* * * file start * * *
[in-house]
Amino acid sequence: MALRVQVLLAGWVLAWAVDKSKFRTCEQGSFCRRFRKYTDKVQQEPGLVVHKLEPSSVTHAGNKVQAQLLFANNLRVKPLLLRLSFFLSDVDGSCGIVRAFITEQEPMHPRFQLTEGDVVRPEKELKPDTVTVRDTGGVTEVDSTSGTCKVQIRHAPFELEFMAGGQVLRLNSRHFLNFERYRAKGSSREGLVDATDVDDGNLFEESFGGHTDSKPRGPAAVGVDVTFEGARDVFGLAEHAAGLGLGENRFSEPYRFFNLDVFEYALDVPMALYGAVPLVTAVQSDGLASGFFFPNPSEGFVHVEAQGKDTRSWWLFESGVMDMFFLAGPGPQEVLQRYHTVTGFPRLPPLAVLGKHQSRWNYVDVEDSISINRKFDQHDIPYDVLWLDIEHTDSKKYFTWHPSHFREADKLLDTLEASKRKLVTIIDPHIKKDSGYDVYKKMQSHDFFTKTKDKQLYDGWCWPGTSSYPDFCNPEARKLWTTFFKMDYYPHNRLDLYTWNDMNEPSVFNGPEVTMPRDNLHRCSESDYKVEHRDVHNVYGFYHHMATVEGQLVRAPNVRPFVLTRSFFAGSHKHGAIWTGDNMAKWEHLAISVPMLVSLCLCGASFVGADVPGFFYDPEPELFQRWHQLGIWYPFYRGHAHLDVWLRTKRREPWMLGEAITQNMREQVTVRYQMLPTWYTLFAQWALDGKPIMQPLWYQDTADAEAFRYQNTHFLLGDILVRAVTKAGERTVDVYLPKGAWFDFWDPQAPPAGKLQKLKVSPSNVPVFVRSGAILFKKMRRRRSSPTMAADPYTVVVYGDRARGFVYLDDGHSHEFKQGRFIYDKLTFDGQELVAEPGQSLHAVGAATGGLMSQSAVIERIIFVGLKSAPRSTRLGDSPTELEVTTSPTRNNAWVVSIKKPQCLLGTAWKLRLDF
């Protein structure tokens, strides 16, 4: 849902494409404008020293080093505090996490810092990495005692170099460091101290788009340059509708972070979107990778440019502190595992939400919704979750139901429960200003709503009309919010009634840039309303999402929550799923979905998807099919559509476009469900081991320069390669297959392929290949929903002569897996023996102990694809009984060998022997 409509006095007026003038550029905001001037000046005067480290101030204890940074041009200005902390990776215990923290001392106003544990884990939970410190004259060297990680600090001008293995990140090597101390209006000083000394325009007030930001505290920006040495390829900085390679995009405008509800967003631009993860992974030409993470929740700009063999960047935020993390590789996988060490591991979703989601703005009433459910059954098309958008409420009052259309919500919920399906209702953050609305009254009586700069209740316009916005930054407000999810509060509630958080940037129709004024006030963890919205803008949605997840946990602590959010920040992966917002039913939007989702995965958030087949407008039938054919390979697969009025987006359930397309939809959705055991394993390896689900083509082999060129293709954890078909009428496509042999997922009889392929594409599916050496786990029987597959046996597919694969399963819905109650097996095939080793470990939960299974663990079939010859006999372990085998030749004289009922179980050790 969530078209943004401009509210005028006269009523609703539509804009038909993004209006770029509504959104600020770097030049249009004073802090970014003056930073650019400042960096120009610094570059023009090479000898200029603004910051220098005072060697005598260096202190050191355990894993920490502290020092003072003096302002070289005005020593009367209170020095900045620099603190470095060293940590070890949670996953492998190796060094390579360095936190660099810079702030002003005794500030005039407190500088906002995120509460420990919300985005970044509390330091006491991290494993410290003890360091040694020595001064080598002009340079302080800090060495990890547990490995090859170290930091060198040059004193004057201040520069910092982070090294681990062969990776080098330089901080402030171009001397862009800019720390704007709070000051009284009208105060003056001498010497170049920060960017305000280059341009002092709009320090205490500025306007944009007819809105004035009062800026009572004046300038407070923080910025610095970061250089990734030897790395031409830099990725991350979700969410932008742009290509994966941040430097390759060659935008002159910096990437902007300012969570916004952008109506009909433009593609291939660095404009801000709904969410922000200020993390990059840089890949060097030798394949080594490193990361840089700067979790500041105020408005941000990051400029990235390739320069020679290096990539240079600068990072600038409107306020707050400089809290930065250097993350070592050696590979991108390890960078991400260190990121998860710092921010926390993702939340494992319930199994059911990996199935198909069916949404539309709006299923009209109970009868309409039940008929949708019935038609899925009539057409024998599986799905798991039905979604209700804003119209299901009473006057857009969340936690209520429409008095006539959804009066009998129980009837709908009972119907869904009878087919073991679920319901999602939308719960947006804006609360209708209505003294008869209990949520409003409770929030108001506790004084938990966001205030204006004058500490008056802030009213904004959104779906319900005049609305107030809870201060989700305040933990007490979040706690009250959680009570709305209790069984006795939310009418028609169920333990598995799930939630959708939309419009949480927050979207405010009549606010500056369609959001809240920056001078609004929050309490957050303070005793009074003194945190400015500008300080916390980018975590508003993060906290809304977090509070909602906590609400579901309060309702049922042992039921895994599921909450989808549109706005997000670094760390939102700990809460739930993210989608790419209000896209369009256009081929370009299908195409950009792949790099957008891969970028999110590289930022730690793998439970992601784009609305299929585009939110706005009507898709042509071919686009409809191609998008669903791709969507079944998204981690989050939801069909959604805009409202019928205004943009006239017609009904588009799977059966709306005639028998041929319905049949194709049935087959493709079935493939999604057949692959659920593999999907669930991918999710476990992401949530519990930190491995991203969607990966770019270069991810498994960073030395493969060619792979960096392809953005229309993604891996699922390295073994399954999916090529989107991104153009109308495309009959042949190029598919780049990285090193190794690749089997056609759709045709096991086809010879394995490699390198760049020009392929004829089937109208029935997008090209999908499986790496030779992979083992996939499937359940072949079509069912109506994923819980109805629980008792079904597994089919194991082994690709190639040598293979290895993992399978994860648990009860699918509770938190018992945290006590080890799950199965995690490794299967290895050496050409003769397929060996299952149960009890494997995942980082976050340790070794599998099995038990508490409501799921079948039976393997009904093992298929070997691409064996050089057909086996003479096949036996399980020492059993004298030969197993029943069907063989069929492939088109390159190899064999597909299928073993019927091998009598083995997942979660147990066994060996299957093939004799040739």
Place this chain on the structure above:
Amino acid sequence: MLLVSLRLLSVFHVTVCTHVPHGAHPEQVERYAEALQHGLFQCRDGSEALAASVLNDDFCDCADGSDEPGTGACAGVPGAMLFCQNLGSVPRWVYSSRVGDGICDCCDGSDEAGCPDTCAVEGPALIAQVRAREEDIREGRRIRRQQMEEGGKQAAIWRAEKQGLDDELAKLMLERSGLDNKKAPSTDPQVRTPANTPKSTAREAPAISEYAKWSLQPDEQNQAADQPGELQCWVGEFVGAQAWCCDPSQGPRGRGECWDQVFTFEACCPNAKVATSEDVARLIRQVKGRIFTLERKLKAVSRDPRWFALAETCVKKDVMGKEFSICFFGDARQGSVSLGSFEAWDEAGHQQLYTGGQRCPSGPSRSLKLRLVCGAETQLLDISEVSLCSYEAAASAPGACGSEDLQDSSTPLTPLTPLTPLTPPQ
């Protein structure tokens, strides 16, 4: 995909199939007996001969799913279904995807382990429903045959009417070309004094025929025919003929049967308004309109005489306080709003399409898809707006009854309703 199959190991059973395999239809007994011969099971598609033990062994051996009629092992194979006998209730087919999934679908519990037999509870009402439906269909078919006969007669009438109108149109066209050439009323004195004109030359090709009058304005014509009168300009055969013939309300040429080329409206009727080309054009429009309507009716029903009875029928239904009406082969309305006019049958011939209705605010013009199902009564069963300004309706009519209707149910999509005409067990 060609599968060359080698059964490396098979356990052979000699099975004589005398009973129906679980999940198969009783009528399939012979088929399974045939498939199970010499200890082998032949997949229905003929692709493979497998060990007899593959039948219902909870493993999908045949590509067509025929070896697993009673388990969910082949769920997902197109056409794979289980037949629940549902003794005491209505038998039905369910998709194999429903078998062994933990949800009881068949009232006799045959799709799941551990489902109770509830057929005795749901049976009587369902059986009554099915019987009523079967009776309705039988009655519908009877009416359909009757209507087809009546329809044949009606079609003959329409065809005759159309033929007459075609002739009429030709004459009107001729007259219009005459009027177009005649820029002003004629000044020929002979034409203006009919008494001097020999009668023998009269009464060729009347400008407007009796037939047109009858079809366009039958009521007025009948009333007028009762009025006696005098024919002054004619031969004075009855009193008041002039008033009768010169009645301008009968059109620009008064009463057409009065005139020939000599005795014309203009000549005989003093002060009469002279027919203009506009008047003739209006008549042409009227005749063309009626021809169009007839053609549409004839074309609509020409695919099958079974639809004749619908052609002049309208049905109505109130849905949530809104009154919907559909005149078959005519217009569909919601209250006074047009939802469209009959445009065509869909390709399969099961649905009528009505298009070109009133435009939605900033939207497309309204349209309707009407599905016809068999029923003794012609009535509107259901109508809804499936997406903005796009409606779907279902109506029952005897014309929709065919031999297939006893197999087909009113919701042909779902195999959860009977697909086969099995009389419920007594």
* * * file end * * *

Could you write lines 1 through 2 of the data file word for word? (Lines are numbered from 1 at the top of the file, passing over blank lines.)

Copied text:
[in-house]
Amino acid sequence: MALRVQVLLAGWVLAWAVDKSKFRTCEQGSFCRRFRKYTDKVQQEPGLVVHKLEPSSVTHAGNKVQAQLLFANNLRVKPLLLRLSFFLSDVDGSCGIVRAFITEQEPMHPRFQLTEGDVVRPEKELKPDTVTVRDTGGVTEVDSTSGTCKVQIRHAPFELEFMAGGQVLRLNSRHFLNFERYRAKGSSREGLVDATDVDDGNLFEESFGGHTDSKPRGPAAVGVDVTFEGARDVFGLAEHAAGLGLGENRFSEPYRFFNLDVFEYALDVPMALYGAVPLVTAVQSDGLASGFFFPNPSEGFVHVEAQGKDTRSWWLFESGVMDMFFLAGPGPQEVLQRYHTVTGFPRLPPLAVLGKHQSRWNYVDVEDSISINRKFDQHDIPYDVLWLDIEHTDSKKYFTWHPSHFREADKLLDTLEASKRKLVTIIDPHIKKDSGYDVYKKMQSHDFFTKTKDKQLYDGWCWPGTSSYPDFCNPEARKLWTTFFKMDYYPHNRLDLYTWNDMNEPSVFNGPEVTMPRDNLHRCSESDYKVEHRDVHNVYGFYHHMATVEGQLVRAPNVRPFVLTRSFFAGSHKHGAIWTGDNMAKWEHLAISVPMLVSLCLCGASFVGADVPGFFYDPEPELFQRWHQLGIWYPFYRGHAHLDVWLRTKRREPWMLGEAITQNMREQVTVRYQMLPTWYTLFAQWALDGKPIMQPLWYQDTADAEAFRYQNTHFLLGDILVRAVTKAGERTVDVYLPKGAWFDFWDPQAPPAGKLQKLKVSPSNVPVFVRSGAILFKKMRRRRSSPTMAADPYTVVVYGDRARGFVYLDDGHSHEFKQGRFIYDKLTFDGQELVAEPGQSLHAVGAATGGLMSQSAVIERIIFVGLKSAPRSTRLGDSPTELEVTTSPTRNNAWVVSIKKPQCLLGTAWKLRLDF